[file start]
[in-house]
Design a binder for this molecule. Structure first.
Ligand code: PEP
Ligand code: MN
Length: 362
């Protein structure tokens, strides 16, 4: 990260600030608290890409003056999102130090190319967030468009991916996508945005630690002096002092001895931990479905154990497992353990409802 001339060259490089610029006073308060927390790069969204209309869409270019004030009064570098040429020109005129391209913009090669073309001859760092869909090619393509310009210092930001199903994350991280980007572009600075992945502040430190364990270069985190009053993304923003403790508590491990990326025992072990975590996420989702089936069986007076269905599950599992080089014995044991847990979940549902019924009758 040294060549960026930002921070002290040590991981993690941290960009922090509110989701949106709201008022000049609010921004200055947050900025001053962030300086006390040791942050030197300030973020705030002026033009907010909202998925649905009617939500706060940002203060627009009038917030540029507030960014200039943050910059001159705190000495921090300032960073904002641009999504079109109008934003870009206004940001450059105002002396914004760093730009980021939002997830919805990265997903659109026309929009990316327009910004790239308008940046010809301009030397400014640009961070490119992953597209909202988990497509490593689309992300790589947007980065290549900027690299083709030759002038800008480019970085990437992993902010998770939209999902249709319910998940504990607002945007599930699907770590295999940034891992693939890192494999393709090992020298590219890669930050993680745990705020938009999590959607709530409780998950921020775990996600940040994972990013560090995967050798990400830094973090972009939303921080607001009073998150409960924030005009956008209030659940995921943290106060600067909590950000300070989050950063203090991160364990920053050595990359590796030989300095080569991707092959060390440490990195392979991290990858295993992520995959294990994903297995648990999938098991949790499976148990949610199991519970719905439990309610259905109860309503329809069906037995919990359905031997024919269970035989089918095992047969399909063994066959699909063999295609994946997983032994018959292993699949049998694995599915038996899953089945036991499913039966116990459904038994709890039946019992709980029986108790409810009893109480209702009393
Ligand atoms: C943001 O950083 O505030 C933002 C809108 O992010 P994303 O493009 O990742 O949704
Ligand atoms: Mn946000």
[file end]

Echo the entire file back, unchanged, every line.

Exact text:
[in-house]
Design a binder for this molecule. Structure first.
Ligand code: PEP
Ligand code: MN
Length: 362
């Protein structure tokens, strides 16, 4: 990260600030608290890409003056999102130090190319967030468009991916996508945005630690002096002092001895931990479905154990497992353990409802 001339060259490089610029006073308060927390790069969204209309869409270019004030009064570098040429020109005129391209913009090669073309001859760092869909090619393509310009210092930001199903994350991280980007572009600075992945502040430190364990270069985190009053993304923003403790508590491990990326025992072990975590996420989702089936069986007076269905599950599992080089014995044991847990979940549902019924009758 040294060549960026930002921070002290040590991981993690941290960009922090509110989701949106709201008022000049609010921004200055947050900025001053962030300086006390040791942050030197300030973020705030002026033009907010909202998925649905009617939500706060940002203060627009009038917030540029507030960014200039943050910059001159705190000495921090300032960073904002641009999504079109109008934003870009206004940001450059105002002396914004760093730009980021939002997830919805990265997903659109026309929009990316327009910004790239308008940046010809301009030397400014640009961070490119992953597209909202988990497509490593689309992300790589947007980065290549900027690299083709030759002038800008480019970085990437992993902010998770939209999902249709319910998940504990607002945007599930699907770590295999940034891992693939890192494999393709090992020298590219890669930050993680745990705020938009999590959607709530409780998950921020775990996600940040994972990013560090995967050798990400830094973090972009939303921080607001009073998150409960924030005009956008209030659940995921943290106060600067909590950000300070989050950063203090991160364990920053050595990359590796030989300095080569991707092959060390440490990195392979991290990858295993992520995959294990994903297995648990999938098991949790499976148990949610199991519970719905439990309610259905109860309503329809069906037995919990359905031997024919269970035989089918095992047969399909063994066959699909063999295609994946997983032994018959292993699949049998694995599915038996899953089945036991499913039966116990459904038994709890039946019992709980029986108790409810009893109480209702009393
Ligand atoms: C943001 O950083 O505030 C933002 C809108 O992010 P994303 O493009 O990742 O949704
Ligand atoms: Mn946000």